We, for obvious reasons, have refrained from speaking publicly about our beloved alma mater’s current crisis, until now. We love South Carolina State University and have never been hesitant to “sing (her) praise(s) far and near.” We have always given to her cause religiously.
Many of you attended and contributed to the Galas in Columbia and Spartanburg that launched the James E. and Emily E. Clyburn Endowment for Archives and History at SCSU. Over the past 30 years we have hosted an annual golf tournament and “Bid Whist Luncheon” in Santee, and have donated all our honoraria to these causes. These activities have funded hundreds of need-based scholarships for college-bound students. These events and others have contributed over $1.2 million to the Archives and History Endowment and over $2 million in scholarships and aid to 1400 students attending SCSU and various other colleges and universities throughout South Carolina and the country. We have also endowed scholarships at Allen, Benedict, Claflin, Morris, MUSC, USC and Voorhees.
But today’s crisis is about more than giving, and bulldog tenacity is going to be required to survive. If SCSU were to close, we probably could find other appropriate entities to support, but that would not remove the stain or lessen the shame of closing South Carolina’s only state supported HBCU (Historically Black Colleges and University), although that state support has been tenuous to say the least. In fact, one might say, it has been much less than “minimally adequate.”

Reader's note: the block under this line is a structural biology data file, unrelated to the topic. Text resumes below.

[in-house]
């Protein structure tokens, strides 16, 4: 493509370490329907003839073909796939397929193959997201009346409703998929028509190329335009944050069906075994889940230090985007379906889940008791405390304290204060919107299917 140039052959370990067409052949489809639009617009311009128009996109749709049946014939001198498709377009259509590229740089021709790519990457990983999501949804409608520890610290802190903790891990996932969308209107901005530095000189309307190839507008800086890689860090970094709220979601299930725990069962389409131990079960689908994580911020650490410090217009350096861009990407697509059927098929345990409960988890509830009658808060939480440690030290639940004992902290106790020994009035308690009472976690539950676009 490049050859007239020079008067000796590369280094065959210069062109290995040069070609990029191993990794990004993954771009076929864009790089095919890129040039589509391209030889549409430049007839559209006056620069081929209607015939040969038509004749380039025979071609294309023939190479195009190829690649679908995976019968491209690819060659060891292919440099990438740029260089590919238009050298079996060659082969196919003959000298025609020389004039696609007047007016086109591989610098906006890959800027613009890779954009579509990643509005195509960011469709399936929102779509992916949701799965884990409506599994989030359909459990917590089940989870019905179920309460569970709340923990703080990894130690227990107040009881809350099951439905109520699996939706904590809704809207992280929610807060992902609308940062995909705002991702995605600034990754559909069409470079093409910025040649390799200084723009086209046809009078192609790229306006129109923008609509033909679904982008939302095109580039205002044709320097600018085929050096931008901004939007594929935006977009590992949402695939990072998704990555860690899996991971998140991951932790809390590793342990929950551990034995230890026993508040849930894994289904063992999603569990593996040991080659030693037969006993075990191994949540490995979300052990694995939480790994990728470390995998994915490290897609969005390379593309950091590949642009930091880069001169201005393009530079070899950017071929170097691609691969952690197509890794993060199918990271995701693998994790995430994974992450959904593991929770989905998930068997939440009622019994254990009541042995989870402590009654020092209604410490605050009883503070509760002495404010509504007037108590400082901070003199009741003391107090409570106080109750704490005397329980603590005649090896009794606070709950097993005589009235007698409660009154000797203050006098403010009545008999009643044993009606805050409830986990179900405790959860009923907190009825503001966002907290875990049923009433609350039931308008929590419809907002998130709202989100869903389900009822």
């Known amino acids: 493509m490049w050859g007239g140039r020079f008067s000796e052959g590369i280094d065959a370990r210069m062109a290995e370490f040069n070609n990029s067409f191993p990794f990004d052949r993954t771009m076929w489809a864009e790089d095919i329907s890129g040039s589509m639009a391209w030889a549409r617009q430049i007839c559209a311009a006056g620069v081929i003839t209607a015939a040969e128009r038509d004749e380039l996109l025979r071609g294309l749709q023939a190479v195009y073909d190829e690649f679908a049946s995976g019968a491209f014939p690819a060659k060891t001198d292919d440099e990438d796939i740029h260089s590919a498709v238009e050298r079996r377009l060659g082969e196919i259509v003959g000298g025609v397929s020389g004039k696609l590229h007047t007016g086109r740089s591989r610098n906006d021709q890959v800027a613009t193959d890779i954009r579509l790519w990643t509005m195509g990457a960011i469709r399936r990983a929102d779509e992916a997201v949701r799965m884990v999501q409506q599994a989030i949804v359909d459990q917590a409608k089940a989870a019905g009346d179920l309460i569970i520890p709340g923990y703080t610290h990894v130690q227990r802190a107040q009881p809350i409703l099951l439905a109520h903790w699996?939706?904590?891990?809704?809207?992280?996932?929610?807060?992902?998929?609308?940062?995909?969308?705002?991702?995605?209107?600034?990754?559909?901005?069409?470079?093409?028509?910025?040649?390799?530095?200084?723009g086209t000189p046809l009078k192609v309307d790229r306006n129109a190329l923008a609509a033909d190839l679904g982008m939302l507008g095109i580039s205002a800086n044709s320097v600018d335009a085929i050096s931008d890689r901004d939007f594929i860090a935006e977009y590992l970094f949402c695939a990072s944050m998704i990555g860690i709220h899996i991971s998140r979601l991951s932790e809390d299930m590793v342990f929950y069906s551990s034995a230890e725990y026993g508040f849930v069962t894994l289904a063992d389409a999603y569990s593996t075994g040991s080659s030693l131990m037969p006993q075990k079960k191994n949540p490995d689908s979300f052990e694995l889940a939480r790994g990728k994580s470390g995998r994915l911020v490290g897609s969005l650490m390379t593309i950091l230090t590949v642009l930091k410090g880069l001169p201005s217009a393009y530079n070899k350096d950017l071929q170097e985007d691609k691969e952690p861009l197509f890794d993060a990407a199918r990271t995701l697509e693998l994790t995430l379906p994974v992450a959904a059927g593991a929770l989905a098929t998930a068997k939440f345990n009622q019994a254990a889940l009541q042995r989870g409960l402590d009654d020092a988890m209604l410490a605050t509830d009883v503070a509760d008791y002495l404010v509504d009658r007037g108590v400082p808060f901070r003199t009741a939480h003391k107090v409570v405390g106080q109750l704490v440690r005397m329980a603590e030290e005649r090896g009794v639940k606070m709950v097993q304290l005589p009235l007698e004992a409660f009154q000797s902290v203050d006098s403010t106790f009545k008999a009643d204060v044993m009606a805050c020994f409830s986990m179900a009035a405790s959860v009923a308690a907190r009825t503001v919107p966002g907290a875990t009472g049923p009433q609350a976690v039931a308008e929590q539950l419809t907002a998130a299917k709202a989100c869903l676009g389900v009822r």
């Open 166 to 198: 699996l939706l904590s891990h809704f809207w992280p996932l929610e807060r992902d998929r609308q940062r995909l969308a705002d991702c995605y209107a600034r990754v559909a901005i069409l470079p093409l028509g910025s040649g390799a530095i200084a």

The economy, less than equitable state support, and dramatic cuts in state and federal student aid are making college education for blacks in South Carolina less attainable. The recent ad hominem attacks on SCSU and ill-conceived proposals for its future have sullied the school’s storied reputation and will further erode enrollment and undercut faculty and student recruitment. If, as we are told, 4300 students is the breakeven point, and SCSU’s current enrollment is 2900, immediate and dramatic action need to take place.
We believe several things need to occur:
1) A five to seven member governing board of retired executives and college presidents need to be installed to serve for a time certain, 18 – 24 months;
2) A highly qualified CEO who is committed to the mission and respects the legacy of HCBUs should replace the current president who has precious little support from alumni and supporters, and minimal credibility with those who determine the school’s funding and academic status;
3) The law regarding qualifications to serve on the Board of Trustees should allow - in addition to a member from each of the 7 Congressional Districts, a gubernatorial appointee and a Student Body representative - 4 at-large members regardless of state residency, two of which should come from recommendations by the National Alumni Association. (i.e. The Citadel)
Representatives from several out-of-state HBCUs have recently begun recruiting our best and brightest. If things continue along the current plane, the legislation to close the school will not be needed. There will not be enough students showing up in September to open the doors. Of course, that could be the aim of some legislators, and we are among those who believe that.
We will probably have more to say at the proper time. In the meantime, you can find a concise and precise history of this controversy - which we know to be manufactured and orchestrated - on pp 274 thru 278 of "Blessed Experiences, Genuinely Southern, Proudly Black.” Amazon.com readers rate books by stars from 1 to 5, and have given "Blessed Experiences" 5 stars. There is not one thing in the book that is not true. But, as you may surmise, there are a lot of truths that are not in the book.